Strong passwords vital key to security and privacy
Unfortunately most are easy to break
Using passwords are important steps in ensuring privacy and security on the computers you use everyday, at home and at work. Unfortunately, many of the passwords people use are simple or have been in use for a long period of time and for a lot of accounts. Simple passwords can be easily guessed by people who know you, or can readily be cracked by people with experience.
Consider these findings...
- Studies have shown that more than 40 percent of all individually-chosen passwords are readily guessed by someone who knows you.
- In a recent survey of password use, more than 3,000 account passwords were cracked out of a test sample of more than 13,000 with multiple, and fairly accessible, tools.
- Because many people use the same or similar passwords for different computers and multiple accounts, gaining access to one password often provides access to other systems and accounts.
How passwords are cracked
Dictionary programs are one of many tools frequently used to crack passwords. A hacker will launch a dictionary attack by passing every word through a dictionary, which can contain foreign languages in addition to the entire English language, to a login program hoping that a word will eventually match the correct password. Even worms and viruses will attempt to guess passwords.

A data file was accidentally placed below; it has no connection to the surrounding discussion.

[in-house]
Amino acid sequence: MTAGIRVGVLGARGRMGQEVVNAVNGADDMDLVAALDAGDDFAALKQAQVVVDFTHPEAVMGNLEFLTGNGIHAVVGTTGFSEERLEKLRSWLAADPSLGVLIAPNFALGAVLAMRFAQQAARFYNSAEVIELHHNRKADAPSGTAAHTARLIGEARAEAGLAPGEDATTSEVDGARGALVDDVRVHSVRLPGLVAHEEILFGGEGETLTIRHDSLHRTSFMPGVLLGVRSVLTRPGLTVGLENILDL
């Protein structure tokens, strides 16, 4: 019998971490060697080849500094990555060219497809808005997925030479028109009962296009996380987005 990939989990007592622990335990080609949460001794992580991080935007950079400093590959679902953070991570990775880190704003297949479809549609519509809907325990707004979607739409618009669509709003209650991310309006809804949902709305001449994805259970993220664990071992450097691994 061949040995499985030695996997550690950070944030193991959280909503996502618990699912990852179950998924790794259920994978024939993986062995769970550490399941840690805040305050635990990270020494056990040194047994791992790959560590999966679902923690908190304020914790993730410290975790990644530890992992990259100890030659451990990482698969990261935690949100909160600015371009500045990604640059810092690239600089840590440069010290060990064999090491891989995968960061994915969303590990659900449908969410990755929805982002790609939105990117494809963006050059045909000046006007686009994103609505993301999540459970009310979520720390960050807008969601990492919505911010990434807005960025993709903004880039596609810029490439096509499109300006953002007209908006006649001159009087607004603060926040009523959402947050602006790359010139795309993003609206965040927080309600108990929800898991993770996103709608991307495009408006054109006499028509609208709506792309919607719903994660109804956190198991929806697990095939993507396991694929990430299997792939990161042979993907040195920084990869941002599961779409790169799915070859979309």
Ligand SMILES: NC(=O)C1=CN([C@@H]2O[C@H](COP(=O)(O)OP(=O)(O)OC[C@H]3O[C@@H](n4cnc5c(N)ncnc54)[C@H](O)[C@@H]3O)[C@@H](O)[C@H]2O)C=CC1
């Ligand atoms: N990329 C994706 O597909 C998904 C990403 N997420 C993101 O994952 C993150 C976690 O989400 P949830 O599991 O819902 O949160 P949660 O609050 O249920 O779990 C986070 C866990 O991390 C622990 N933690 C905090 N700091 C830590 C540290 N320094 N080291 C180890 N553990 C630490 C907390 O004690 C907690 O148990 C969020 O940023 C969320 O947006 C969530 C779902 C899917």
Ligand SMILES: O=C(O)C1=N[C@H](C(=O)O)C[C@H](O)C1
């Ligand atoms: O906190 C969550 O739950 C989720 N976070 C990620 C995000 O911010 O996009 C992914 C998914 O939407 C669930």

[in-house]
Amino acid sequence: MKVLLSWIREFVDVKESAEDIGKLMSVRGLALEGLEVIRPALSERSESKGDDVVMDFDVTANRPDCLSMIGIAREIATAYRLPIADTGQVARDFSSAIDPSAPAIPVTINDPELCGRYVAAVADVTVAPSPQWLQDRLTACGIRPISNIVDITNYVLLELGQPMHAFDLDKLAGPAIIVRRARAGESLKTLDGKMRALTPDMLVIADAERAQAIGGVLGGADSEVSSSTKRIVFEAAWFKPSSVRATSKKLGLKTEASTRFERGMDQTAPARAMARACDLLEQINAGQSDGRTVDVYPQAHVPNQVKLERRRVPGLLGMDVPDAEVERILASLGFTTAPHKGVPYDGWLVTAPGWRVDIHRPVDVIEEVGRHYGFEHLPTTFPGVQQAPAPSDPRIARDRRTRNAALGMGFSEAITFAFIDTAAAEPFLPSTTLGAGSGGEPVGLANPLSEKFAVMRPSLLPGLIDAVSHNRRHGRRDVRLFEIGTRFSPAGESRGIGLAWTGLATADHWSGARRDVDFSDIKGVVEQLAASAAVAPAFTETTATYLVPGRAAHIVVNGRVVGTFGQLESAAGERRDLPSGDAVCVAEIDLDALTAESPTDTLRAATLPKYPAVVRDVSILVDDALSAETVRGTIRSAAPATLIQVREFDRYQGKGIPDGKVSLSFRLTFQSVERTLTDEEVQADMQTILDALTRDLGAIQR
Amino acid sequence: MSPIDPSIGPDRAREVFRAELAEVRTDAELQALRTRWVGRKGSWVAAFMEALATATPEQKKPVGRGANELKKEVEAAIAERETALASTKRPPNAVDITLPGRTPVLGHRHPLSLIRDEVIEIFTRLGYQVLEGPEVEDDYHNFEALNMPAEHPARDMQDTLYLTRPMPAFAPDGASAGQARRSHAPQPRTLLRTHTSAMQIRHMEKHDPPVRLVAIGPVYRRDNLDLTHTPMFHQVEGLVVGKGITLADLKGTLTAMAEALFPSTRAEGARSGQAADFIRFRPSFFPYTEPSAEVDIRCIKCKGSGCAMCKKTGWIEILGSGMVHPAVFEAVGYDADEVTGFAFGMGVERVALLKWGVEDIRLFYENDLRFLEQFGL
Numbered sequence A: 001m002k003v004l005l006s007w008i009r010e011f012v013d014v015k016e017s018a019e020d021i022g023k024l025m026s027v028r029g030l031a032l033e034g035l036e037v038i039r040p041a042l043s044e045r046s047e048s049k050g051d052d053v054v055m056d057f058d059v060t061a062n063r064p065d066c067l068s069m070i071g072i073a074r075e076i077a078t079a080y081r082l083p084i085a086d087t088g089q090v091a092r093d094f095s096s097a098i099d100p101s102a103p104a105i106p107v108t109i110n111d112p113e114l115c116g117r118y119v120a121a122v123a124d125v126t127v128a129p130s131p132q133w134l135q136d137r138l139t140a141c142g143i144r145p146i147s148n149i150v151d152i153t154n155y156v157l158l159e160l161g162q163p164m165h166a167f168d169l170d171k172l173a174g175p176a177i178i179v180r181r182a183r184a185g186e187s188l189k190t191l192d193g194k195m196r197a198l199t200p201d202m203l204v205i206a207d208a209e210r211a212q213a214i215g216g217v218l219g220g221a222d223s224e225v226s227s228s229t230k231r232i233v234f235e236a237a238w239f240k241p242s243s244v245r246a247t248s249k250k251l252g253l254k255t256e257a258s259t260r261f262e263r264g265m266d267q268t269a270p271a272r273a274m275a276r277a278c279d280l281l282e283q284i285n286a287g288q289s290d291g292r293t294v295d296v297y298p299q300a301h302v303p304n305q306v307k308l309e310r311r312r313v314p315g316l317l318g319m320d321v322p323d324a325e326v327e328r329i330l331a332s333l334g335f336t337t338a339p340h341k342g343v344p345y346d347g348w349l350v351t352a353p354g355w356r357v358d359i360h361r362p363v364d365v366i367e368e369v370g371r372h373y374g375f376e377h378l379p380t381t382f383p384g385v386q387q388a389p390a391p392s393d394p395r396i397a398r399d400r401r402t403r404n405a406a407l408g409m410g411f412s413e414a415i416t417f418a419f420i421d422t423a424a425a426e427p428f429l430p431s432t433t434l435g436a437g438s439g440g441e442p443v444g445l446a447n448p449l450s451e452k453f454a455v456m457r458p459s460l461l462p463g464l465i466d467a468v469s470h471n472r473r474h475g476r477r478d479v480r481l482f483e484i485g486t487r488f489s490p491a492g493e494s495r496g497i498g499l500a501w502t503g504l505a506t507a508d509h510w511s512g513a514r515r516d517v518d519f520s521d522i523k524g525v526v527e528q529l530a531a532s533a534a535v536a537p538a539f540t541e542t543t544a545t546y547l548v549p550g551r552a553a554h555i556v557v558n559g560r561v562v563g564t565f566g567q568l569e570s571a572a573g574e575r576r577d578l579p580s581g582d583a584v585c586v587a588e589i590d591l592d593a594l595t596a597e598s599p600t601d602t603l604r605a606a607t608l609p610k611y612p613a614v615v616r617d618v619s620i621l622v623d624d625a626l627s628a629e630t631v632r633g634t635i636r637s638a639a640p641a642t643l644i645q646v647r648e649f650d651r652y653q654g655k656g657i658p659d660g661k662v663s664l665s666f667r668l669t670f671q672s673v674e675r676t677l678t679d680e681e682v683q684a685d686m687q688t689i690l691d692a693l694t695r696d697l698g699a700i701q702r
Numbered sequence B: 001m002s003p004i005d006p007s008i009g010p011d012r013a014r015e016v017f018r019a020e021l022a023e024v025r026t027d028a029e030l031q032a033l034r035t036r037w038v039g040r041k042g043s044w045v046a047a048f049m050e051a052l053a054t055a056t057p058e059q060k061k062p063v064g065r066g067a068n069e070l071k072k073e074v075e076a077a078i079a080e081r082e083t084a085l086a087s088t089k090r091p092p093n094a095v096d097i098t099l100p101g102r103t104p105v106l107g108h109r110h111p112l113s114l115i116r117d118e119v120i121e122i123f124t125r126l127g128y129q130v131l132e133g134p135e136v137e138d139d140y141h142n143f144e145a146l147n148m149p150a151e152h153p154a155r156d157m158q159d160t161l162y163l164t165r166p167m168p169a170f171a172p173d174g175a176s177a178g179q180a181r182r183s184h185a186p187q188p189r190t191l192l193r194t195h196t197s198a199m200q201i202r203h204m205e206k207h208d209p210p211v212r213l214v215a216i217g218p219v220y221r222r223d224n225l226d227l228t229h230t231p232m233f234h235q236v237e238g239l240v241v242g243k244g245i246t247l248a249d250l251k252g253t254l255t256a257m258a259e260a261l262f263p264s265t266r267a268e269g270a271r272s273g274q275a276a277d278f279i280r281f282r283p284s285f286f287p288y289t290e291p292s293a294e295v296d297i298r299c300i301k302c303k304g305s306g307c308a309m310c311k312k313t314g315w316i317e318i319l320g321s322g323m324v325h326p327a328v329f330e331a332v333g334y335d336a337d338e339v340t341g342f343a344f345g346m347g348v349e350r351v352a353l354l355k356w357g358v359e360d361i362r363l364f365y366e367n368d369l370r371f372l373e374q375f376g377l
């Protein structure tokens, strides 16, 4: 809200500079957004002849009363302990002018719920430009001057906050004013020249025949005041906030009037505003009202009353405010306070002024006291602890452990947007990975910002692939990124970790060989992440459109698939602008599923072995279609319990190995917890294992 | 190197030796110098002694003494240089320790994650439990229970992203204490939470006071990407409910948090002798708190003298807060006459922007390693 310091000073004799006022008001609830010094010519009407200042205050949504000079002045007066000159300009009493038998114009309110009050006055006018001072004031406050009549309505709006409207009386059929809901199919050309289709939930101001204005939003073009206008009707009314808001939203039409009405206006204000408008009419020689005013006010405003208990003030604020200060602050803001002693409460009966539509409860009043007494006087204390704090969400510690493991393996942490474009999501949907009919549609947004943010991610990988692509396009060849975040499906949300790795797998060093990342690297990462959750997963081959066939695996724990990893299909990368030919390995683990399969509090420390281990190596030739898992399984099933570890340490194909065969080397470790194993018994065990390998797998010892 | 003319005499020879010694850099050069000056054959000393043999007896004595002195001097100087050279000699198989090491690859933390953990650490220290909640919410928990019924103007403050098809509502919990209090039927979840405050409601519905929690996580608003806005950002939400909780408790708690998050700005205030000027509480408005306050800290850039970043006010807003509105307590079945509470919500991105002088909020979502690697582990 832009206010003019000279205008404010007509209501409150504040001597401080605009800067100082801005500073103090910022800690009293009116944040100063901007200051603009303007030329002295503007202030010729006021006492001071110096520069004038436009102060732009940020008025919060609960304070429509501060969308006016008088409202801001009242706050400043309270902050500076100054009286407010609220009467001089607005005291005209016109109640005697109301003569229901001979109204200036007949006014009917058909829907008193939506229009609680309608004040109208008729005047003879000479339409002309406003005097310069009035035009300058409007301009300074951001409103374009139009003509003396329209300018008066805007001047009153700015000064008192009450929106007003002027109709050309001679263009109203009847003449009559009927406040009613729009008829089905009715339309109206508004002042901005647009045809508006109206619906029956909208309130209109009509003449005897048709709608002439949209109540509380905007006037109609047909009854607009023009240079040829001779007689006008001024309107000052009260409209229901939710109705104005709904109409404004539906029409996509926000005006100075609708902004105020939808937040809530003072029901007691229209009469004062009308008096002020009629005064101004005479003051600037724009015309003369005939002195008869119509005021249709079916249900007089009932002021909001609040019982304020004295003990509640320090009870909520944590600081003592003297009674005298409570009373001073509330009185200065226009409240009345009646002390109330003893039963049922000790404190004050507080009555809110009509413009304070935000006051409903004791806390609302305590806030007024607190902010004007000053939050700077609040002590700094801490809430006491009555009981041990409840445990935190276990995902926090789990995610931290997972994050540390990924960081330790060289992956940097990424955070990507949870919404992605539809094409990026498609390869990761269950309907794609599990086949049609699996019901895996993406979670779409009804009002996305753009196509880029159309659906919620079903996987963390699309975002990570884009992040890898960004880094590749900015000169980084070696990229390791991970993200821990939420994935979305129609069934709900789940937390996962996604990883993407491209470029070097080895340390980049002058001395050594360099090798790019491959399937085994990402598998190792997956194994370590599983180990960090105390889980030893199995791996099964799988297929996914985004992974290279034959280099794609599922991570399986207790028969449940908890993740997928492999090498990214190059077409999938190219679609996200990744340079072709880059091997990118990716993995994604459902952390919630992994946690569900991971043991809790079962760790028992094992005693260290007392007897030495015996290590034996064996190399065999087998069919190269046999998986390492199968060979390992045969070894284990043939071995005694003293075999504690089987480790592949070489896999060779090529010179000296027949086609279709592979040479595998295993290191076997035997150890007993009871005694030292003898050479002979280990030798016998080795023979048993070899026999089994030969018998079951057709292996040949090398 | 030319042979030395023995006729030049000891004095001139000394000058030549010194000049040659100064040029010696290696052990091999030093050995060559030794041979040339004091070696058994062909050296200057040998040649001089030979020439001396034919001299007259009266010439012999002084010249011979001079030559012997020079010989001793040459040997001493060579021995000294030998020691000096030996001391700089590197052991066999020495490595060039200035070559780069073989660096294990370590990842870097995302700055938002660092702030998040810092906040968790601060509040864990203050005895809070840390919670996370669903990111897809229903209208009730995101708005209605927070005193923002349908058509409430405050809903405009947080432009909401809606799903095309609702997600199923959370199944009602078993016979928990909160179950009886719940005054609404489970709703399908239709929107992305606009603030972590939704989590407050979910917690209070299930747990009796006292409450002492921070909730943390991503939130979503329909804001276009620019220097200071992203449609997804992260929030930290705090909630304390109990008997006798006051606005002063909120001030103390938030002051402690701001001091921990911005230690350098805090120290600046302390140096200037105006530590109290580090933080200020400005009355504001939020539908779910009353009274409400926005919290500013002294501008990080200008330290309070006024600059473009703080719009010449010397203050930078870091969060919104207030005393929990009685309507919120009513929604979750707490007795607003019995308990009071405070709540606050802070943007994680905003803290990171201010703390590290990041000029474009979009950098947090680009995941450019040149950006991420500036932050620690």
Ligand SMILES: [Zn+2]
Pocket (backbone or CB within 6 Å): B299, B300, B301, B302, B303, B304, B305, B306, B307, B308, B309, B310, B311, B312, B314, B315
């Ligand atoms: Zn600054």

Ways in which passwords are vulnerable:
- Many people do not change the default password that comes with some computer security systems. Lists of default passwords are available on the Internet.
- A password may be guessable if someone chooses a piece of personal information as their password. Such items include a student ID number, boyfriend or girlfriend's name, birth date, telephone number, or license plate number. Personal data is now available from various sources, many online, and can often be obtained by someone using social engineering techniques such as posing as an opinion surveyor.
- A password is vulnerable if it can be found in a list of commonly-chosen passwords. Dictionaries, often in computer-readable form, are available for many languages, and lists of passwords are easy to get a hold of. In tests on live systems, dictionary attacks are so routinely successful that software implementing this kind of attack is readily available.
- A password that is too short, perhaps chosen for ease of typing, is vulnerable if an attacker can obtain the cryptographic hash (mathematical function which maps values from a large domain into a smaller range) of the password. For example, computers are now fast enough to try all alphabetic passwords shorter than seven characters.